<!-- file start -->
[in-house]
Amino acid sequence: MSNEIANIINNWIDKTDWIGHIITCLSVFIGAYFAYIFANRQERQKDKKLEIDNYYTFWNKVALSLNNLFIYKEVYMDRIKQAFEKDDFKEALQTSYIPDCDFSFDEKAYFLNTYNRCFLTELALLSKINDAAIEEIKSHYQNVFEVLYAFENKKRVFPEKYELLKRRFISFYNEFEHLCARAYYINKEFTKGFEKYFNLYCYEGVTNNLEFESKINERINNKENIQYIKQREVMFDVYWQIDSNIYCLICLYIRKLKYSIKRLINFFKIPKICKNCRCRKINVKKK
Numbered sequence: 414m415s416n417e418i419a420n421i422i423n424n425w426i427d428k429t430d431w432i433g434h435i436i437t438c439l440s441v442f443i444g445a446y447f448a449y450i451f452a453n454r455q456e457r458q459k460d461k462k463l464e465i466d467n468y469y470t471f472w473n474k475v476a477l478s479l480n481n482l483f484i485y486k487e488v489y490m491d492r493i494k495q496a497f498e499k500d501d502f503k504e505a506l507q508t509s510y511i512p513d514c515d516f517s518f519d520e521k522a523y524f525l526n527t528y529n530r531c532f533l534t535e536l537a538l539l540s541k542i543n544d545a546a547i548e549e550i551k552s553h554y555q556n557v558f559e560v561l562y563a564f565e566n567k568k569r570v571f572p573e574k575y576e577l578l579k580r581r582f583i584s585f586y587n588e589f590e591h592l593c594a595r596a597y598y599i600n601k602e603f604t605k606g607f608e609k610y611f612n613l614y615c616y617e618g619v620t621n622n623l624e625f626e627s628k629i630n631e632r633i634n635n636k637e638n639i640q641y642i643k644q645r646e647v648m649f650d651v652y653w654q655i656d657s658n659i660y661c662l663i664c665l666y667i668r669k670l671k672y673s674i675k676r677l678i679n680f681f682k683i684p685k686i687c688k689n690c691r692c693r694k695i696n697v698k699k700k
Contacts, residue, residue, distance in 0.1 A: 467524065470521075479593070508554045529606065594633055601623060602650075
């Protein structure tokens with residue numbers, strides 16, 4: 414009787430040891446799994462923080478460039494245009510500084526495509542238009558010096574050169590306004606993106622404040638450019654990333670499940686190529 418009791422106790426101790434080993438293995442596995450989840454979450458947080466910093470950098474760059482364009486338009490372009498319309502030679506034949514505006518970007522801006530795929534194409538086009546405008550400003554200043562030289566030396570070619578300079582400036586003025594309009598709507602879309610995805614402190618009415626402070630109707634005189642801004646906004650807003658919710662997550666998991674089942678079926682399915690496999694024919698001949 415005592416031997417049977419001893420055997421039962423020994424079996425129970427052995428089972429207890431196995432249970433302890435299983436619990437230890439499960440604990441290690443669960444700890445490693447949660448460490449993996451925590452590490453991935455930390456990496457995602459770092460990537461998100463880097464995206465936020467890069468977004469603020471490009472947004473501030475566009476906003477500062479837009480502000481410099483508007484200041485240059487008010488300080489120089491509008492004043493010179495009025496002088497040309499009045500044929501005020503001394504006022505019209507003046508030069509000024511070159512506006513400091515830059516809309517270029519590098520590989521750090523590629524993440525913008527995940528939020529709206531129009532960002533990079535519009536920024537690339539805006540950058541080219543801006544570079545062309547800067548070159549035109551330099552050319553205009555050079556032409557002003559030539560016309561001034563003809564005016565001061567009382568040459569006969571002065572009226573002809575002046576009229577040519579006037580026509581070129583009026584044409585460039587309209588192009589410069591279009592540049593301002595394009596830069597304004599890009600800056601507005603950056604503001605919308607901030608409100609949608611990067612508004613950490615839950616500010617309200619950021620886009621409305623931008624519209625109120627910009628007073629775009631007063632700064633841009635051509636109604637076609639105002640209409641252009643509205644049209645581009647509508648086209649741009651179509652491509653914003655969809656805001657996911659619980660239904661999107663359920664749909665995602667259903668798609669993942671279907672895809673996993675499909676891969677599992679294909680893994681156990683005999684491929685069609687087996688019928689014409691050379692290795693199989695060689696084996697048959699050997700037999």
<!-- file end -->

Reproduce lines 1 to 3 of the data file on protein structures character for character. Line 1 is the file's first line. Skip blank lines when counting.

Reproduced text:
[in-house]
Amino acid sequence: MSNEIANIINNWIDKTDWIGHIITCLSVFIGAYFAYIFANRQERQKDKKLEIDNYYTFWNKVALSLNNLFIYKEVYMDRIKQAFEKDDFKEALQTSYIPDCDFSFDEKAYFLNTYNRCFLTELALLSKINDAAIEEIKSHYQNVFEVLYAFENKKRVFPEKYELLKRRFISFYNEFEHLCARAYYINKEFTKGFEKYFNLYCYEGVTNNLEFESKINERINNKENIQYIKQREVMFDVYWQIDSNIYCLICLYIRKLKYSIKRLINFFKIPKICKNCRCRKINVKKK
Numbered sequence: 414m415s416n417e418i419a420n421i422i423n424n425w426i427d428k429t430d431w432i433g434h435i436i437t438c439l440s441v442f443i444g445a446y447f448a449y450i451f452a453n454r455q456e457r458q459k460d461k462k463l464e465i466d467n468y469y470t471f472w473n474k475v476a477l478s479l480n481n482l483f484i485y486k487e488v489y490m491d492r493i494k495q496a497f498e499k500d501d502f503k504e505a506l507q508t509s510y511i512p513d514c515d516f517s518f519d520e521k522a523y524f525l526n527t528y529n530r531c532f533l534t535e536l537a538l539l540s541k542i543n544d545a546a547i548e549e550i551k552s553h554y555q556n557v558f559e560v561l562y563a564f565e566n567k568k569r570v571f572p573e574k575y576e577l578l579k580r581r582f583i584s585f586y587n588e589f590e591h592l593c594a595r596a597y598y599i600n601k602e603f604t605k606g607f608e609k610y611f612n613l614y615c616y617e618g619v620t621n622n623l624e625f626e627s628k629i630n631e632r633i634n635n636k637e638n639i640q641y642i643k644q645r646e647v648m649f650d651v652y653w654q655i656d657s658n659i660y661c662l663i664c665l666y667i668r669k670l671k672y673s674i675k676r677l678i679n680f681f682k683i684p685k686i687c688k689n690c691r692c693r694k695i696n697v698k699k700k